Exterior window trim is the finishing touch on windows. Traditionally, windows were constructed of wood or aluminum. Wood, while a good insulator, requires regular scraping and painting to maintain a pristine appearance. Over time, exterior windows made of aluminum pits and stains, and expands and contracts with change in temperature. A good conductor, aluminum window frames are cold in the winter and hot in the summer. The shortcomings of these two materials helped propel the success of vinyl exterior windows and trim. Vinyl (PVC) windows are constructed with spacers that act as insulators so the frames conduct neither heat nor cold. Additionally, vinyl windows can be cleaned with a mild soap and sponge—they never need paining and they will not pit or stain.
Prompted by the low maintenance of vinyl windows, homeowners began to inquire about the virtues of using PVC instead of wood or aluminum exterior window trim. PVC lineals are used to trim windows.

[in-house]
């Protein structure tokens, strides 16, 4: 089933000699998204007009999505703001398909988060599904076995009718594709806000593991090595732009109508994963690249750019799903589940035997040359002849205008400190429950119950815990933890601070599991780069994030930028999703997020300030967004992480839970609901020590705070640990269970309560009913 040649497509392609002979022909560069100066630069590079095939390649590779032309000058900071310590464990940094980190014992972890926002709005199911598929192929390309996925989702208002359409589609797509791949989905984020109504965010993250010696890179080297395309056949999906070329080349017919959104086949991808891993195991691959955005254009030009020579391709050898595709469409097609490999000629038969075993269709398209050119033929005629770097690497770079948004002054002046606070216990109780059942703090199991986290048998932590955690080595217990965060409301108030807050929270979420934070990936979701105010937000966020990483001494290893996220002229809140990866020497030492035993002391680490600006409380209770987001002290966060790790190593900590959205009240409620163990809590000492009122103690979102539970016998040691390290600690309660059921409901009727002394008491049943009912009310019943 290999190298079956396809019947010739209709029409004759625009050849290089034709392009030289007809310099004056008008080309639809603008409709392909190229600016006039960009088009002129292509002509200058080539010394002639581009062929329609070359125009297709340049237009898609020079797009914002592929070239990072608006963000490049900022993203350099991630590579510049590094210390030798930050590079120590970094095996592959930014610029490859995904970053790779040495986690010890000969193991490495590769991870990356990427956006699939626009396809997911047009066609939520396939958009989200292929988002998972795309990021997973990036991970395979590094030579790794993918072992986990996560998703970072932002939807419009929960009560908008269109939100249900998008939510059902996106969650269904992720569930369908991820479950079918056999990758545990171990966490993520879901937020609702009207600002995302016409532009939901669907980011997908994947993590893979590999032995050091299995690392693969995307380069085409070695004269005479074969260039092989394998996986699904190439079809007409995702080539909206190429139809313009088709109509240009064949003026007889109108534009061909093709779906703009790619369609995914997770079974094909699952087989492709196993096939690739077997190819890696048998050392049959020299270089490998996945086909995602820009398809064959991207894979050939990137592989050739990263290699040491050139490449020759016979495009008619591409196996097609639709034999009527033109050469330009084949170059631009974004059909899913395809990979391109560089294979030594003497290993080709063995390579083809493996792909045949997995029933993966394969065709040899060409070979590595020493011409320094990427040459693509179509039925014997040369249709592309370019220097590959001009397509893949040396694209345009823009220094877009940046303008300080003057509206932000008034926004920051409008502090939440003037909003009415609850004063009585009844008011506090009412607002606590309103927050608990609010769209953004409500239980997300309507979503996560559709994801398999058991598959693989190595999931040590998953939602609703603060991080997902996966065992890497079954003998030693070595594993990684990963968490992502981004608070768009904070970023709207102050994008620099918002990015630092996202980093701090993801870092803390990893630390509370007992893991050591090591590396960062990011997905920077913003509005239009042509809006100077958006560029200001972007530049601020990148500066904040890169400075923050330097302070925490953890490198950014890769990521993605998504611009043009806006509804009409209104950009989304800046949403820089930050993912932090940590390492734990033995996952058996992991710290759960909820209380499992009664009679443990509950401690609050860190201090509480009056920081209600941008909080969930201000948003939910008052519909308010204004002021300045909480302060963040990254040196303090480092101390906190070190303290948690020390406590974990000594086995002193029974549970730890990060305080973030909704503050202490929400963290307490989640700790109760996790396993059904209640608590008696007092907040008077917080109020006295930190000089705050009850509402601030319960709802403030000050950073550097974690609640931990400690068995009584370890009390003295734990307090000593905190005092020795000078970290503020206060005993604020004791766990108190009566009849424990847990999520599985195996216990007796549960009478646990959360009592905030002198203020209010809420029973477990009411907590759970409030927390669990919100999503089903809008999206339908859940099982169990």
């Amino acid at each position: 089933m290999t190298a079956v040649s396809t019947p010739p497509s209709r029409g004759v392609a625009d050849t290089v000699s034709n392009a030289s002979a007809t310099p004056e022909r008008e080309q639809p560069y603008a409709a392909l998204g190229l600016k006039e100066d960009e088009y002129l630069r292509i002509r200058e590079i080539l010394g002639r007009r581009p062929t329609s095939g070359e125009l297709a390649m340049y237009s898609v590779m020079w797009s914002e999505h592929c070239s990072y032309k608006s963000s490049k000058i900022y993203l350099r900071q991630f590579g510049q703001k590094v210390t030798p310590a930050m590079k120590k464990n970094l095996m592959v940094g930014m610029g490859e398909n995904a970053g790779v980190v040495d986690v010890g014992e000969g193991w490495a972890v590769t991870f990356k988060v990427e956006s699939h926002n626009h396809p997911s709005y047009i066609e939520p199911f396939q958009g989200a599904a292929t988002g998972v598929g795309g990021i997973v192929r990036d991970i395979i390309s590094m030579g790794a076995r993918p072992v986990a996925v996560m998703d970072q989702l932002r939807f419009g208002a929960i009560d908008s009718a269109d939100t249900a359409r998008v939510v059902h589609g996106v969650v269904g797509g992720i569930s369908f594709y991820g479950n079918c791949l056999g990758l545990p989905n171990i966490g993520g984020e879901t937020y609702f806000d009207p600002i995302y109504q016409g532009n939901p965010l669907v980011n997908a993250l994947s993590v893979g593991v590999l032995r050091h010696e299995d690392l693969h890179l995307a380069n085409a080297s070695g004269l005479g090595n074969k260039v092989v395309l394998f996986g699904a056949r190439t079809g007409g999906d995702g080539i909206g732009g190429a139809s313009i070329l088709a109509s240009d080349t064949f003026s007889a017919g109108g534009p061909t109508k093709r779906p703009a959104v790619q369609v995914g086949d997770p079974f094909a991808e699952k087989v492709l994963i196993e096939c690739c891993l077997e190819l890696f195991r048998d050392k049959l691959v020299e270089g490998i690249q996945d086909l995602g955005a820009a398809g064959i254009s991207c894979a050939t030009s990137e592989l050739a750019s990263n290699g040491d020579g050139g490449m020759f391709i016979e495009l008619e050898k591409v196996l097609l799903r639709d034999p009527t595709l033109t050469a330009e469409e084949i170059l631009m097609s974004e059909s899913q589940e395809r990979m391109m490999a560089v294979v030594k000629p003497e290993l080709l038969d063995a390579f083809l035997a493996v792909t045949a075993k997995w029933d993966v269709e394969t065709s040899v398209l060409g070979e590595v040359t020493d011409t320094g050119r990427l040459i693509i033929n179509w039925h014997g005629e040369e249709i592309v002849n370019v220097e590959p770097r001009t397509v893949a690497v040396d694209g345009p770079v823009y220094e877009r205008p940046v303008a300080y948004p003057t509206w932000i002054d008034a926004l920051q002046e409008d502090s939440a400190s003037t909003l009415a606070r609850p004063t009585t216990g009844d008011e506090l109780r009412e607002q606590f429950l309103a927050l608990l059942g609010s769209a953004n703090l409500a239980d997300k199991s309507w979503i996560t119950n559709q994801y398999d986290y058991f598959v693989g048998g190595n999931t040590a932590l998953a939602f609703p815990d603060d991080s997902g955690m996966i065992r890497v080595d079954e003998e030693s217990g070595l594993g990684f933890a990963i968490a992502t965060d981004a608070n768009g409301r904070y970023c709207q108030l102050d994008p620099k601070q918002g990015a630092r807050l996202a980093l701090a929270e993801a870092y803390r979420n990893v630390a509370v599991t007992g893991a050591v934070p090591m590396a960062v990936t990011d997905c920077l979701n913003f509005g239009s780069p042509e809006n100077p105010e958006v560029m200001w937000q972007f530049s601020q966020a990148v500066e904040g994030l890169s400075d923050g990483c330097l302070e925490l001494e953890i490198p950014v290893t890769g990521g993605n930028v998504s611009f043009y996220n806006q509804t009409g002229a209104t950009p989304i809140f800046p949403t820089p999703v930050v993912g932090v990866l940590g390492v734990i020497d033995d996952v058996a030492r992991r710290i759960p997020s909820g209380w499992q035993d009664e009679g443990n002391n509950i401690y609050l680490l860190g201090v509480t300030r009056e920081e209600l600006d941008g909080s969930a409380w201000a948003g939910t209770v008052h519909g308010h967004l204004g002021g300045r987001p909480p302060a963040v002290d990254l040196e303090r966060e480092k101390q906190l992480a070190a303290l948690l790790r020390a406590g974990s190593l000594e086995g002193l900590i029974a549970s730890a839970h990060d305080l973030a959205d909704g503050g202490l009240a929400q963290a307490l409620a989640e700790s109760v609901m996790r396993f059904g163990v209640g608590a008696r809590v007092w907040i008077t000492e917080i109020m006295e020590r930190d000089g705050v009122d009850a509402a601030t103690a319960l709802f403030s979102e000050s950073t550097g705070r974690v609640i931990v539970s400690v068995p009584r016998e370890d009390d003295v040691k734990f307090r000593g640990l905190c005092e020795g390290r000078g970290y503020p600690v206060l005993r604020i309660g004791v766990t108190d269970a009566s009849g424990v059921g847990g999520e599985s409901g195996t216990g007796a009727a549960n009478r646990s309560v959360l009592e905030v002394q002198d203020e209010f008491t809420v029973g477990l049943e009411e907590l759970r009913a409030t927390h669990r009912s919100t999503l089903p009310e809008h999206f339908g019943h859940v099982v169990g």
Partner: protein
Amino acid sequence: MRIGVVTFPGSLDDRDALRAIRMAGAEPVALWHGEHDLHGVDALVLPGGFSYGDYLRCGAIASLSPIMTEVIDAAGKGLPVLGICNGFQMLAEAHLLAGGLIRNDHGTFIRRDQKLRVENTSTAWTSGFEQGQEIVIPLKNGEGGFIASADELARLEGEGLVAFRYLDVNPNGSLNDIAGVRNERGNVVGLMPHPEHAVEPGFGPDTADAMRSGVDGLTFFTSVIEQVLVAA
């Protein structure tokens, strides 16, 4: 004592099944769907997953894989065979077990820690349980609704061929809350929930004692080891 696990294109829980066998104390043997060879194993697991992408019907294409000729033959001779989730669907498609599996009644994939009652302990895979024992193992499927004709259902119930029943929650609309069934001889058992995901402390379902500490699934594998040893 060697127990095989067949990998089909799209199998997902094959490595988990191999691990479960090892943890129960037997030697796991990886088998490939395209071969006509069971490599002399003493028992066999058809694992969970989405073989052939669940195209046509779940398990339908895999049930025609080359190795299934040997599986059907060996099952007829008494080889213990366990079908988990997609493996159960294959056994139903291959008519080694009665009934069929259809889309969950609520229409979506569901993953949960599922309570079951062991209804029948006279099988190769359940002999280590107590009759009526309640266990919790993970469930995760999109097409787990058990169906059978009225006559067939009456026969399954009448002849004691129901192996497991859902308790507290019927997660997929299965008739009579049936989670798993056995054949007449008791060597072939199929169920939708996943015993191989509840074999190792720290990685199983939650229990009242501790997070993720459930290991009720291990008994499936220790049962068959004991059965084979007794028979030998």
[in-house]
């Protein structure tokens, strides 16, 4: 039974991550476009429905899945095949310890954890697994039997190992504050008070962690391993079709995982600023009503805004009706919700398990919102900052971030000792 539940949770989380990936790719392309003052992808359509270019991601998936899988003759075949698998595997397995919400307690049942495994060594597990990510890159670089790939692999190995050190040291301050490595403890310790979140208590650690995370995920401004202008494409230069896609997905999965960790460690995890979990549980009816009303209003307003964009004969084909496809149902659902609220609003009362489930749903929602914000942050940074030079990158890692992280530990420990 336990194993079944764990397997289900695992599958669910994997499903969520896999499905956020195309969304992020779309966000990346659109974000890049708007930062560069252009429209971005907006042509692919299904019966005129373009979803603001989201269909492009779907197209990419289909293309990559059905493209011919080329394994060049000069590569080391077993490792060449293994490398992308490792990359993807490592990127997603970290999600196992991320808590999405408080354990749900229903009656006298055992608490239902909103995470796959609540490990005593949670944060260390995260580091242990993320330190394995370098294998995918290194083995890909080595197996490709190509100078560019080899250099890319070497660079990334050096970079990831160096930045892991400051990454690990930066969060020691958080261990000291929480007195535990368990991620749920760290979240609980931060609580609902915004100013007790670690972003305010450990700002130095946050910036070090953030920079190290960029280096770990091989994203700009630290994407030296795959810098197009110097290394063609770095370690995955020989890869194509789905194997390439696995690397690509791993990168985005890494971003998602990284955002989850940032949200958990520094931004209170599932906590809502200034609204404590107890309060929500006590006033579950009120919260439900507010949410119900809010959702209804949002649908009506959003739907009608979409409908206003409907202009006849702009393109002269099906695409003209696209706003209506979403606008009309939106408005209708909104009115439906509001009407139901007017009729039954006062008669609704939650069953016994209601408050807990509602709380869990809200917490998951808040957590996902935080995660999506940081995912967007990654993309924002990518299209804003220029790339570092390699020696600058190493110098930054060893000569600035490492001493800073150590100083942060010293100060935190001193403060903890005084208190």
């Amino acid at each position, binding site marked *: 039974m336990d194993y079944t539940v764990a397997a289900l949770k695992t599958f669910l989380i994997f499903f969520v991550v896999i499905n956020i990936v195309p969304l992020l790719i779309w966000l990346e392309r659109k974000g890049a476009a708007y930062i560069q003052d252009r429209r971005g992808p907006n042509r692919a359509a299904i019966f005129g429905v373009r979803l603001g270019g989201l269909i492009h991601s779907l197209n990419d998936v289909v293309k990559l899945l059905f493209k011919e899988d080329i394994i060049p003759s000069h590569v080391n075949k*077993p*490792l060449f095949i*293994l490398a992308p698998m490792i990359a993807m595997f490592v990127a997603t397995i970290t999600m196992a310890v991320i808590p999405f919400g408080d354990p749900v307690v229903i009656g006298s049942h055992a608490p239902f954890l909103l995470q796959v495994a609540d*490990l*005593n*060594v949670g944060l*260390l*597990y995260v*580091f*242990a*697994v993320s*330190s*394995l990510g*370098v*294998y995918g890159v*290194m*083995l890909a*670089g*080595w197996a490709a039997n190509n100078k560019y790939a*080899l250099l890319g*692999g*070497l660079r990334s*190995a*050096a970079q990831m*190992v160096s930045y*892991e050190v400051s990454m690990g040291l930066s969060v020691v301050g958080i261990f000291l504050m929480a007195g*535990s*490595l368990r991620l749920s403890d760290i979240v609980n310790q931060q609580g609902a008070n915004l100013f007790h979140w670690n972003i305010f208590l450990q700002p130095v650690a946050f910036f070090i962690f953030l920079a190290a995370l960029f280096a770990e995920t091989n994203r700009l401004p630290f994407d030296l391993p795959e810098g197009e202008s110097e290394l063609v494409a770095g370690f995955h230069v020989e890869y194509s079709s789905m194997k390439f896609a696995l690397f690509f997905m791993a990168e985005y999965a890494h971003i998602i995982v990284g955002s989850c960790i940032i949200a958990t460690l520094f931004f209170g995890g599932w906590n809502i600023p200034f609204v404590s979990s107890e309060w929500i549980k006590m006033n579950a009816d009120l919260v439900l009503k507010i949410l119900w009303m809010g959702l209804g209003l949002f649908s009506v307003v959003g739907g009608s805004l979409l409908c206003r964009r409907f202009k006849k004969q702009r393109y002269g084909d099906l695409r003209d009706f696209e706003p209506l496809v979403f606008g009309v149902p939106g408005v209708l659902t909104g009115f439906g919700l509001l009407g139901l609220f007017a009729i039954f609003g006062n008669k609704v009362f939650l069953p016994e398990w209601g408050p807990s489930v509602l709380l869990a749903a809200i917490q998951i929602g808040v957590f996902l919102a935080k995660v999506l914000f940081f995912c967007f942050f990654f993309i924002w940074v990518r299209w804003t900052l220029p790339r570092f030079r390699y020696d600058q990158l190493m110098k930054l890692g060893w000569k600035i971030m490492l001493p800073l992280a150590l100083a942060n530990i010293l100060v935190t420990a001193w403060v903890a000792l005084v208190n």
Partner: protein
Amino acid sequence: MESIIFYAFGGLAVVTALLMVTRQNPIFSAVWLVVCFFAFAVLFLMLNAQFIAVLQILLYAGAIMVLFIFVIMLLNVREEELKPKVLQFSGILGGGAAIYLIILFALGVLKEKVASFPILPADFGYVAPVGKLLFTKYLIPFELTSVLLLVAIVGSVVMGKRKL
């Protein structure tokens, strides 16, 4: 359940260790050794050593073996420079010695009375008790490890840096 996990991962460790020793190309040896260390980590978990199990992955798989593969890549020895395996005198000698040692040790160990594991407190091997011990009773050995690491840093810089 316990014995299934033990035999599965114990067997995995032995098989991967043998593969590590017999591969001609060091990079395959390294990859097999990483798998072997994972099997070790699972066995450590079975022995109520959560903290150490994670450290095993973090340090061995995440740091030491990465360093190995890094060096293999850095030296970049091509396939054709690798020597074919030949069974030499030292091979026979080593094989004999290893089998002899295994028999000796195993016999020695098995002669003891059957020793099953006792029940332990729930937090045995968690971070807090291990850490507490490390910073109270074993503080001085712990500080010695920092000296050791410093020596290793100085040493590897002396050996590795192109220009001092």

Homeowners who want low-maintenance, durable building products accelerated the trend to PVC exterior window trim. Unlike wood trim, which can absorb water or become infested with termites, PVC trim is durable and stands up to the weather extremely well. And, in addition to PVC lineals, PVC profiles—crown molding, sills, and rosettes—can be added to customize the exterior of the home.
Architectural windows are another application for cellular PVC exterior window trim. The unique characteristics of cellular PVC trim allow it to be heated and shaped into a variety of shapes, allowing profiles that can be used to trim virtually any window shape or create custom designs for any exterior application.
Convection air circulating ovens, heating blankets and radiant heaters have all been used successfully to heat bend cellular PVC trim. Generally, millwork shops or extrusion manufacturers create specialty profiles, and it is not recommended that installers attempt to create architectural profiles on site.
For more information please visit CertainTeed’s trim products page.